‘Seven surprising ways alcohol affects the body’ as interest in dry February rises by a quarter on last year

The success of Dry January 2021 is spilling into the following months, with searches for Dry February up 28% on last year[1] and interest in Dry March up 177%[2], research by alcohol-free spirits producer Bax Botanics reveals.

As more people realise the benefits of time off from drinking, Bax Botanics reveals some of the lesser-known effects that booze has on your body.

Chris Bax, head distiller of Bax Botanics, said: “Dry January was absolutely immense for us and the whole sector this year, but lockdown seems to have prompted people to keep their detox going.

“Interest in Dry February appears to be up by more than a quarter on last year, while some brave people are already thinking about Dry March!

“The British public deserve great credit for making an effort to be so healthy at a time of such stress and worry.

“There are huge physical and mental benefits to cutting down on alcohol, and for those who want to cut down this year, there’s plenty of great-tasting alternatives out there.”

How alcohol affects your body

Stress and anxious thoughts Many of us are feeling more stressed and anxious because of the pandemic, but alcohol can exacerbate these feelings. This can be particularly acute the day following a drink, when alcohol starts to leave your body and a hangover sets in. The drop in blood sugar levels causes more stress in your brain, triggering anxious thoughts and feelings.

An aged appearance Alcohol can impact your appearance as every time we drink, it dehydrates the skin. People who drink regularly often look older than those who don’t for this reason. Alcohol also inflames the skin, causing redness that can become permanent over time. It may take as long as a week without drinking for the skin to bounce back.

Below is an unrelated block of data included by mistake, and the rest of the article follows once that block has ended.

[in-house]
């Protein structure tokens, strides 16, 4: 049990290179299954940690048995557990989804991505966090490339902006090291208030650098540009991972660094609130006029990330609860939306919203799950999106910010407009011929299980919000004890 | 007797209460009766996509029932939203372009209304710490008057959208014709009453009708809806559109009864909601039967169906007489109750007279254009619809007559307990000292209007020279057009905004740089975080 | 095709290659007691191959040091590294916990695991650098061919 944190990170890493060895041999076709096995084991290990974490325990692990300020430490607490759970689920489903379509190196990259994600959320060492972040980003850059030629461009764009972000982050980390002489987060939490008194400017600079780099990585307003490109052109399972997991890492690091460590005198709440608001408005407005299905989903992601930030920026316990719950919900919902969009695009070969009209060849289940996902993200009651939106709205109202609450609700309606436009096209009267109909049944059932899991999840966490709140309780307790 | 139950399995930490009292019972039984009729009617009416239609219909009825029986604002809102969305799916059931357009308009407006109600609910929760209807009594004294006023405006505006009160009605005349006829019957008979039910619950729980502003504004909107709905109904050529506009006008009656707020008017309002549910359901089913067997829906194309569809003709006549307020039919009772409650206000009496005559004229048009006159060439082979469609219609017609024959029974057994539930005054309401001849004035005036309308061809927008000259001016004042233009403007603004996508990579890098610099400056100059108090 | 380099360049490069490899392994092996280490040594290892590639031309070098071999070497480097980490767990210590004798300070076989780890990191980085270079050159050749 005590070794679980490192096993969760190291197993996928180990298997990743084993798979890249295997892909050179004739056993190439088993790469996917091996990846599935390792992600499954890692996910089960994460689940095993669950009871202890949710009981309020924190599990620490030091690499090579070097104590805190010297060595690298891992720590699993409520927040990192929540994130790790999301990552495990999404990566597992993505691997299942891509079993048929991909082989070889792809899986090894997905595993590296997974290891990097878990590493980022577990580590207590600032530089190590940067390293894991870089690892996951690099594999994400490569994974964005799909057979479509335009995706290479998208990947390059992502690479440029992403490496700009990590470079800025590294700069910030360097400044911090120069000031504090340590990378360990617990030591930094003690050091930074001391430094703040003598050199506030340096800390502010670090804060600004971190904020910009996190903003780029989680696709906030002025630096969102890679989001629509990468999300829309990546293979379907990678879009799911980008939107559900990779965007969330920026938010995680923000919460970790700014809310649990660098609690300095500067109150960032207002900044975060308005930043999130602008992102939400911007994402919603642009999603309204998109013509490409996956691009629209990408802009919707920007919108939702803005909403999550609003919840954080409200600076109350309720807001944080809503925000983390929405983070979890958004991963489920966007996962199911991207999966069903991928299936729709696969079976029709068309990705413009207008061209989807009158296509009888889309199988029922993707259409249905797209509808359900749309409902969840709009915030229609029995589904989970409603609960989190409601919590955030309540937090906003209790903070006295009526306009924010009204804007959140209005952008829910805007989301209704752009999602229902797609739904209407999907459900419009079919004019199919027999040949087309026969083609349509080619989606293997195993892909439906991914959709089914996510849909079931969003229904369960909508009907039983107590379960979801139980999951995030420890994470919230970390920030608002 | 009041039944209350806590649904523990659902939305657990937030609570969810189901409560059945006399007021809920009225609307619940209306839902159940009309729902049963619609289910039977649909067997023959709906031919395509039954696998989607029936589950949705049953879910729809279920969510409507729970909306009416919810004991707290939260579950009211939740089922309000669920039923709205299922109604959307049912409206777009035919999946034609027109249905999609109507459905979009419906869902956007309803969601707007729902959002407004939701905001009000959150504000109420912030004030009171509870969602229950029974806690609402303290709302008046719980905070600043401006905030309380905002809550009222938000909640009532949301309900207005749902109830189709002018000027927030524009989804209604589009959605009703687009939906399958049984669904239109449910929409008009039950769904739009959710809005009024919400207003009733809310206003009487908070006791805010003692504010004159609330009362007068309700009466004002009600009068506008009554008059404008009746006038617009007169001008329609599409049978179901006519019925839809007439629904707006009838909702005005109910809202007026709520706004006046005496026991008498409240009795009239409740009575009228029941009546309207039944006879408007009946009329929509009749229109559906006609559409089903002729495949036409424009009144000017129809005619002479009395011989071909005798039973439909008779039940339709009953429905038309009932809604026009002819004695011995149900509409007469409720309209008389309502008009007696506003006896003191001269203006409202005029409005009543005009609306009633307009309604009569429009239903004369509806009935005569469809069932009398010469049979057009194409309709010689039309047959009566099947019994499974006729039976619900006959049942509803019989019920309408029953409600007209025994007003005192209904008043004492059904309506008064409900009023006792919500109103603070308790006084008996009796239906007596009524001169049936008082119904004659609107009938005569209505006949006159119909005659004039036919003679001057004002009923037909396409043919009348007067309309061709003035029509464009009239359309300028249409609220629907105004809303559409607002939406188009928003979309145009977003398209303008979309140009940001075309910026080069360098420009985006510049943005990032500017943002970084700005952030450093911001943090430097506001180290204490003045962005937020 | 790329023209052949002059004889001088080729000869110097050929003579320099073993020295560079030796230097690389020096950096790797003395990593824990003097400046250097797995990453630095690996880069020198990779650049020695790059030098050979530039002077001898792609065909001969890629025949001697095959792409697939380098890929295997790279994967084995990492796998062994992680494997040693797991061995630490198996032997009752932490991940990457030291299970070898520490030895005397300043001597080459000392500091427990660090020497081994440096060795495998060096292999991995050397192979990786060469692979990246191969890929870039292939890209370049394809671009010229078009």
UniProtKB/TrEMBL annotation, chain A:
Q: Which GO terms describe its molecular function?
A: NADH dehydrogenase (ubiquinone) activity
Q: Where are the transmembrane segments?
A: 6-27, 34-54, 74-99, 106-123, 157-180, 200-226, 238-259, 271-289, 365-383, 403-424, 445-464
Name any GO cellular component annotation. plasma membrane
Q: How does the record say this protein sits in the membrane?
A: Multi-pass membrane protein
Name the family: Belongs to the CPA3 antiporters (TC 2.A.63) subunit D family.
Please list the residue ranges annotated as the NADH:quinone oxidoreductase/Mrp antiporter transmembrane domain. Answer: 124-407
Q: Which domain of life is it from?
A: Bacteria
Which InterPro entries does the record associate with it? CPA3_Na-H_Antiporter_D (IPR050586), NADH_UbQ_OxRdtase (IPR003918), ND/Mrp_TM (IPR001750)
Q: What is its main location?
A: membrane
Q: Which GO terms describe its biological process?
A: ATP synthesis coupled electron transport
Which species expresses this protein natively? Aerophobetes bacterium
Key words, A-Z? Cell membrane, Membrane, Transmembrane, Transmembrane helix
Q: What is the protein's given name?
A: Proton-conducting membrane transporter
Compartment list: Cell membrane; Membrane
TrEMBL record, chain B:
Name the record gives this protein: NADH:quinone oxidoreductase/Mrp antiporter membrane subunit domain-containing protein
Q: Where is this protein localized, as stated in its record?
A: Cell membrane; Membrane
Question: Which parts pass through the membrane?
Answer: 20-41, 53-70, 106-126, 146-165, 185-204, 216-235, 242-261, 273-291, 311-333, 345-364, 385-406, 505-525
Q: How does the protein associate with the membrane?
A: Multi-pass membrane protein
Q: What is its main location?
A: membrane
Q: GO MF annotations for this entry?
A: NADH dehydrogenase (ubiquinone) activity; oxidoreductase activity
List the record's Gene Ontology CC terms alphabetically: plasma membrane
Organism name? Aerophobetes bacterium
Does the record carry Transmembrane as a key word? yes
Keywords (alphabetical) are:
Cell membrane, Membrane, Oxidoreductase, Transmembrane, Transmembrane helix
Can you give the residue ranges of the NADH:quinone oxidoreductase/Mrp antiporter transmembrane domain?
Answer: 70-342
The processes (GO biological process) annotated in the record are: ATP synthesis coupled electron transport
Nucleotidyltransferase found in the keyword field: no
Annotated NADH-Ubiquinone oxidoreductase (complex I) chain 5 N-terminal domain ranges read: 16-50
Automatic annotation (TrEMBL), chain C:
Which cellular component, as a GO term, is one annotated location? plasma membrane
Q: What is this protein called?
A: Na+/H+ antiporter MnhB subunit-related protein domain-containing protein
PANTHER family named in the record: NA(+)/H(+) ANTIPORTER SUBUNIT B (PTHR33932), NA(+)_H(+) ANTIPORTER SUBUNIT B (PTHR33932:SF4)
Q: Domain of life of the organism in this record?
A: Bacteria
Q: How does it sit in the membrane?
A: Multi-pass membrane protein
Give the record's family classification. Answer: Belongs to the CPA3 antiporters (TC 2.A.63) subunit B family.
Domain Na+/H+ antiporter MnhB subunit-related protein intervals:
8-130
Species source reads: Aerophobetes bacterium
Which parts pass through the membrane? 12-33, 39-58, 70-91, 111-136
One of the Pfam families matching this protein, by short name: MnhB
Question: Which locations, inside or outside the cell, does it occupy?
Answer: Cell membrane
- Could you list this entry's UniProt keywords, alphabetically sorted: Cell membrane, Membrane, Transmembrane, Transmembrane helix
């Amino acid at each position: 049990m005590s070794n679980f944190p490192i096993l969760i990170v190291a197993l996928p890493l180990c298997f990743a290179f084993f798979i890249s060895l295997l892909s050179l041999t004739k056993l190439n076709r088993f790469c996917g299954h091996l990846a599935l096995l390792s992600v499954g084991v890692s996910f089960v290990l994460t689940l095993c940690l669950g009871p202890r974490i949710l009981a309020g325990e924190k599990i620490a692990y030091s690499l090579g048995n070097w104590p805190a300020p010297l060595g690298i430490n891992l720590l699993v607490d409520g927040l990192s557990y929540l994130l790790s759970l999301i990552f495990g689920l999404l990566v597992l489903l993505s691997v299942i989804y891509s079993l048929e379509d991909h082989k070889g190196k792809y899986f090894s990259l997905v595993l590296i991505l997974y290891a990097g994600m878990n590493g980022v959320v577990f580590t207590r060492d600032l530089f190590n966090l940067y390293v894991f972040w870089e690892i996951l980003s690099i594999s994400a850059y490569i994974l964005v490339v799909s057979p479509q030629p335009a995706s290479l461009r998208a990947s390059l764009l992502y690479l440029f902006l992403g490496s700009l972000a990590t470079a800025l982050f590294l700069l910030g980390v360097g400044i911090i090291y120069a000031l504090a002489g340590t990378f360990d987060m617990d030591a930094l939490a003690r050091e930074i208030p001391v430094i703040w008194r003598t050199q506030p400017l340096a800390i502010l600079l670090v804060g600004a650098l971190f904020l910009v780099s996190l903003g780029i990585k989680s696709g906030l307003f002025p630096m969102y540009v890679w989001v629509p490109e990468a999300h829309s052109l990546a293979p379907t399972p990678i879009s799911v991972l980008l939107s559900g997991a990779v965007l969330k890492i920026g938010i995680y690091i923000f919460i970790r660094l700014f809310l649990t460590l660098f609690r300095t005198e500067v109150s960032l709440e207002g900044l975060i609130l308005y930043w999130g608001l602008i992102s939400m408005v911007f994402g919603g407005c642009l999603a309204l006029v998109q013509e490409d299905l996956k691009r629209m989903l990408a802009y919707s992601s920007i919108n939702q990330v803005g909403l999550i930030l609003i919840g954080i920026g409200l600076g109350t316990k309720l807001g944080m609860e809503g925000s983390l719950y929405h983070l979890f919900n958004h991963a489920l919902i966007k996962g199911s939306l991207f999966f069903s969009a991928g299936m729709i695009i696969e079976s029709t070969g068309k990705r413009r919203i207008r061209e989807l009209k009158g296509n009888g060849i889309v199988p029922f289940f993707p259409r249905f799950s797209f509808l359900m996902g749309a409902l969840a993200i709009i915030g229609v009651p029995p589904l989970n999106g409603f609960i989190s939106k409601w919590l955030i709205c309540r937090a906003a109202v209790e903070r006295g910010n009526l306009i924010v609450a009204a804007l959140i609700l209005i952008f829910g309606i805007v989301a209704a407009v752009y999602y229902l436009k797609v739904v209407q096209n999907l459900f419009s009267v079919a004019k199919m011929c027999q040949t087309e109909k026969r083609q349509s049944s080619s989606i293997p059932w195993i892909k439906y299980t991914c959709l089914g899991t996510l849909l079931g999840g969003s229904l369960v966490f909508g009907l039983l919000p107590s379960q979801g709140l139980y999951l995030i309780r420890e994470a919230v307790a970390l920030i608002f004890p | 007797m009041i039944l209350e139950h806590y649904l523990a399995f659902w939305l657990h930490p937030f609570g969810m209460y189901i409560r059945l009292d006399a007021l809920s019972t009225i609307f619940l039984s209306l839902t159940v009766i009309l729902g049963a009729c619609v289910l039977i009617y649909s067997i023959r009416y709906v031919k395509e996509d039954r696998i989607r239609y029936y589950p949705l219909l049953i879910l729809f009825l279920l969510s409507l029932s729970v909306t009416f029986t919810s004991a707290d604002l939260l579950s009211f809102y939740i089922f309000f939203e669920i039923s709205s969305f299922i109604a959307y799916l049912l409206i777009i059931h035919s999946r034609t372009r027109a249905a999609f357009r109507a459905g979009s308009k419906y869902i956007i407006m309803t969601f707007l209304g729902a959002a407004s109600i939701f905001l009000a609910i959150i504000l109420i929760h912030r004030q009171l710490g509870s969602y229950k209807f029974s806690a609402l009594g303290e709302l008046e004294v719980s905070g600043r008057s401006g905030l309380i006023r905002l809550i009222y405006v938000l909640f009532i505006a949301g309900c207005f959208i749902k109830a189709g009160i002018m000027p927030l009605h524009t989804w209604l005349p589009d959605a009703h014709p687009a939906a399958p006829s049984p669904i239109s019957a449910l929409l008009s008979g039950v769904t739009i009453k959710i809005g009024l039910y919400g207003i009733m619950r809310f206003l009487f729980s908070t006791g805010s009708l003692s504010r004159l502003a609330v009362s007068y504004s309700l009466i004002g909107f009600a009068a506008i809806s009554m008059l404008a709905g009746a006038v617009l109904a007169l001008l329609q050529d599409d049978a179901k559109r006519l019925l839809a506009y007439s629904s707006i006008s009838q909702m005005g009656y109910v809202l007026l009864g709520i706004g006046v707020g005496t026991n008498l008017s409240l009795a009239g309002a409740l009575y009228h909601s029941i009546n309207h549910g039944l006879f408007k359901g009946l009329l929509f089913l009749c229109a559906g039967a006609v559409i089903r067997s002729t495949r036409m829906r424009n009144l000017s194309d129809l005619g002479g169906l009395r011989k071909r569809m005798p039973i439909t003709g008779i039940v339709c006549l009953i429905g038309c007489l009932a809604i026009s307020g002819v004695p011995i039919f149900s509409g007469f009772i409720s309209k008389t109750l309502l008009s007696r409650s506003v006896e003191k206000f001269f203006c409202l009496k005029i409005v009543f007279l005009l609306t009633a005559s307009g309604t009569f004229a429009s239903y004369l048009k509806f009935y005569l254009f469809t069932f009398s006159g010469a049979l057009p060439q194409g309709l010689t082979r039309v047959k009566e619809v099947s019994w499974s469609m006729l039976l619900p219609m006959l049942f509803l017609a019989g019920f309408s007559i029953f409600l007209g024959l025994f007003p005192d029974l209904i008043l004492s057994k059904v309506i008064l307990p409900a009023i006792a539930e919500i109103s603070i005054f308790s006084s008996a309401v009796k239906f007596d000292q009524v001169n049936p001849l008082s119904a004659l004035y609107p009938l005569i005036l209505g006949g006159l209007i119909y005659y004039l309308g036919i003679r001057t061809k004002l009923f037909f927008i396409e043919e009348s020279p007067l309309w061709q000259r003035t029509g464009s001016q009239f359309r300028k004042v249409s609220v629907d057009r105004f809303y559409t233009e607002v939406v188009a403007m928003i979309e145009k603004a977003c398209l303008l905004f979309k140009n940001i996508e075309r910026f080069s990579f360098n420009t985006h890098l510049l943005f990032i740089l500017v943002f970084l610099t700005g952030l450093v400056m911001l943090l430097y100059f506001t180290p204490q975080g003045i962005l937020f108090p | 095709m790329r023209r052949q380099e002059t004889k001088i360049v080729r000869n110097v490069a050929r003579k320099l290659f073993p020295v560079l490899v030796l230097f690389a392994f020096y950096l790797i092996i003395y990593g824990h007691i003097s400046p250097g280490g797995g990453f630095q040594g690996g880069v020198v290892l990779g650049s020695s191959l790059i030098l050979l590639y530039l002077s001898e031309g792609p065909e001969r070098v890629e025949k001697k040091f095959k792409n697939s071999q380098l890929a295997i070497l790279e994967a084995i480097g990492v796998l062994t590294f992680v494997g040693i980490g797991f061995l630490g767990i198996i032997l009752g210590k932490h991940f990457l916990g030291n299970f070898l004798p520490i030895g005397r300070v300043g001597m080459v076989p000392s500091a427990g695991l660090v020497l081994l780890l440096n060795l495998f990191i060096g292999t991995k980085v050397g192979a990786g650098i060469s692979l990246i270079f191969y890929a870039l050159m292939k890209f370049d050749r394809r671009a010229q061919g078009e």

Split hair and brittle nails The dehydration caused by alcohol can impact your hair, making it appear dull and lifeless and more prone to split ends. This is because our hair is as reliant upon hydration as the rest of your body. Having brittle and very dry nails can also be a symptom of drinking alcohol.

Nightmares and bad sleep Alcohol has a negative impact on your sleep and can even give you nightmares. While it may feel as though you drift off as soon as your head hits the pillow, alcohol will be disrupting your REM sleep – the period in the night when we dream. REM sleep is supposed to be restorative, but disruption can cause drowsiness and poor concentration during the day.

Itchy, bloodshot eyes Staying off the booze can improve your eye health. Binge-drinking can cause symptoms associated with dry eyes, such as swollen blood vessels, This can make the eyes look bloodshot, and cause itchiness, irritation and fluctuation in vision.

Killing ‘good’ gut bacteria Having healthy gut bacteria is important for staving off inflammatory conditions such as eczema, but alcohol can have a negative impact on our microbiome by killing many of the beneficial bacteria. If stomach problems are becoming an issue, cutting down on drinking can allow the “good” bacteria in your gut to come back.

Loss of memory We all know alcohol impacts the brain, because of its impact on slurred speech and difficulties retaining memories. This is because booze alters the levels of neurotransmitters in the brain. But long term effects are far worse. A period of prolonged heavy drinking can actually shrink brain volume, which is more commonly a sign of the brain ageing.

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